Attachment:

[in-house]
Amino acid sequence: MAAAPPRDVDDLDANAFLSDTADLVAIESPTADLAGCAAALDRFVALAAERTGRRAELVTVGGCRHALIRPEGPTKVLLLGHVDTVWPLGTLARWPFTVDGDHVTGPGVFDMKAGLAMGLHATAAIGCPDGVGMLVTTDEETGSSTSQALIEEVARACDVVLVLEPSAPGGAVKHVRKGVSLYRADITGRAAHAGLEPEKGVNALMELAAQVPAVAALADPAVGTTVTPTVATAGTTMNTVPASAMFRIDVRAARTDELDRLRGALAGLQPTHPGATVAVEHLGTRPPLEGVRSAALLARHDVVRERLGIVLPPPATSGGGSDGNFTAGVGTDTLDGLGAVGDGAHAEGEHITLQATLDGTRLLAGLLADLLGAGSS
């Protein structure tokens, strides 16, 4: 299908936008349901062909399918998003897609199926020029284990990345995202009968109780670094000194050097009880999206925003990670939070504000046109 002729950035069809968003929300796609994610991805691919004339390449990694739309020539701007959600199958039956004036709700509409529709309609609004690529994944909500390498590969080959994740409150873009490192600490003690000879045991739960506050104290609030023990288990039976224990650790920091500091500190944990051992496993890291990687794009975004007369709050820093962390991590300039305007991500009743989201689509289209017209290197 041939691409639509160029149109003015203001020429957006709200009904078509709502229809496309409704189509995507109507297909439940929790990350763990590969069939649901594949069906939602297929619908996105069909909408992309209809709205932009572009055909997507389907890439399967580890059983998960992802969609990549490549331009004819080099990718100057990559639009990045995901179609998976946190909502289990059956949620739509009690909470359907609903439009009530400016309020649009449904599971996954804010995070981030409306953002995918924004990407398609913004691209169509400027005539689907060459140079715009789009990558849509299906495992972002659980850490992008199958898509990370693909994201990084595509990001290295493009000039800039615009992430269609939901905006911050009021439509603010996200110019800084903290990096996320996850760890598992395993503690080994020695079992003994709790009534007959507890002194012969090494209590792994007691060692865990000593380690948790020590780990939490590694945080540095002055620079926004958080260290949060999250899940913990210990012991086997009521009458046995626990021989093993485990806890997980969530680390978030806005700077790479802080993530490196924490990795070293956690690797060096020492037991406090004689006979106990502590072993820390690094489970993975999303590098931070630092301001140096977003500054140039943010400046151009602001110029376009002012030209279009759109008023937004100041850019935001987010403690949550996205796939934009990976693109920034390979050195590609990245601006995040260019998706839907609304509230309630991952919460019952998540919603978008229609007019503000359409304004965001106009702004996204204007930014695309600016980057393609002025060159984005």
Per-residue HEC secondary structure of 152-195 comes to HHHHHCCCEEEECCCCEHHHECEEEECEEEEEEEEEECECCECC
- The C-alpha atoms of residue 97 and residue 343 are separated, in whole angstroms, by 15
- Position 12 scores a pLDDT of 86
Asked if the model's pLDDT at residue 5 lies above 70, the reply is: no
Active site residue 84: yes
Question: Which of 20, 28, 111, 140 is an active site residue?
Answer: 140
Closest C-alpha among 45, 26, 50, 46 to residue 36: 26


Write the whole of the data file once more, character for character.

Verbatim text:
[in-house]
Amino acid sequence: MAAAPPRDVDDLDANAFLSDTADLVAIESPTADLAGCAAALDRFVALAAERTGRRAELVTVGGCRHALIRPEGPTKVLLLGHVDTVWPLGTLARWPFTVDGDHVTGPGVFDMKAGLAMGLHATAAIGCPDGVGMLVTTDEETGSSTSQALIEEVARACDVVLVLEPSAPGGAVKHVRKGVSLYRADITGRAAHAGLEPEKGVNALMELAAQVPAVAALADPAVGTTVTPTVATAGTTMNTVPASAMFRIDVRAARTDELDRLRGALAGLQPTHPGATVAVEHLGTRPPLEGVRSAALLARHDVVRERLGIVLPPPATSGGGSDGNFTAGVGTDTLDGLGAVGDGAHAEGEHITLQATLDGTRLLAGLLADLLGAGSS
């Protein structure tokens, strides 16, 4: 299908936008349901062909399918998003897609199926020029284990990345995202009968109780670094000194050097009880999206925003990670939070504000046109 002729950035069809968003929300796609994610991805691919004339390449990694739309020539701007959600199958039956004036709700509409529709309609609004690529994944909500390498590969080959994740409150873009490192600490003690000879045991739960506050104290609030023990288990039976224990650790920091500091500190944990051992496993890291990687794009975004007369709050820093962390991590300039305007991500009743989201689509289209017209290197 041939691409639509160029149109003015203001020429957006709200009904078509709502229809496309409704189509995507109507297909439940929790990350763990590969069939649901594949069906939602297929619908996105069909909408992309209809709205932009572009055909997507389907890439399967580890059983998960992802969609990549490549331009004819080099990718100057990559639009990045995901179609998976946190909502289990059956949620739509009690909470359907609903439009009530400016309020649009449904599971996954804010995070981030409306953002995918924004990407398609913004691209169509400027005539689907060459140079715009789009990558849509299906495992972002659980850490992008199958898509990370693909994201990084595509990001290295493009000039800039615009992430269609939901905006911050009021439509603010996200110019800084903290990096996320996850760890598992395993503690080994020695079992003994709790009534007959507890002194012969090494209590792994007691060692865990000593380690948790020590780990939490590694945080540095002055620079926004958080260290949060999250899940913990210990012991086997009521009458046995626990021989093993485990806890997980969530680390978030806005700077790479802080993530490196924490990795070293956690690797060096020492037991406090004689006979106990502590072993820390690094489970993975999303590098931070630092301001140096977003500054140039943010400046151009602001110029376009002012030209279009759109008023937004100041850019935001987010403690949550996205796939934009990976693109920034390979050195590609990245601006995040260019998706839907609304509230309630991952919460019952998540919603978008229609007019503000359409304004965001106009702004996204204007930014695309600016980057393609002025060159984005």
Per-residue HEC secondary structure of 152-195 comes to HHHHHCCCEEEECCCCEHHHECEEEECEEEEEEEEEECECCECC
- The C-alpha atoms of residue 97 and residue 343 are separated, in whole angstroms, by 15
- Position 12 scores a pLDDT of 86
Asked if the model's pLDDT at residue 5 lies above 70, the reply is: no
Active site residue 84: yes
Question: Which of 20, 28, 111, 140 is an active site residue?
Answer: 140
Closest C-alpha among 45, 26, 50, 46 to residue 36: 26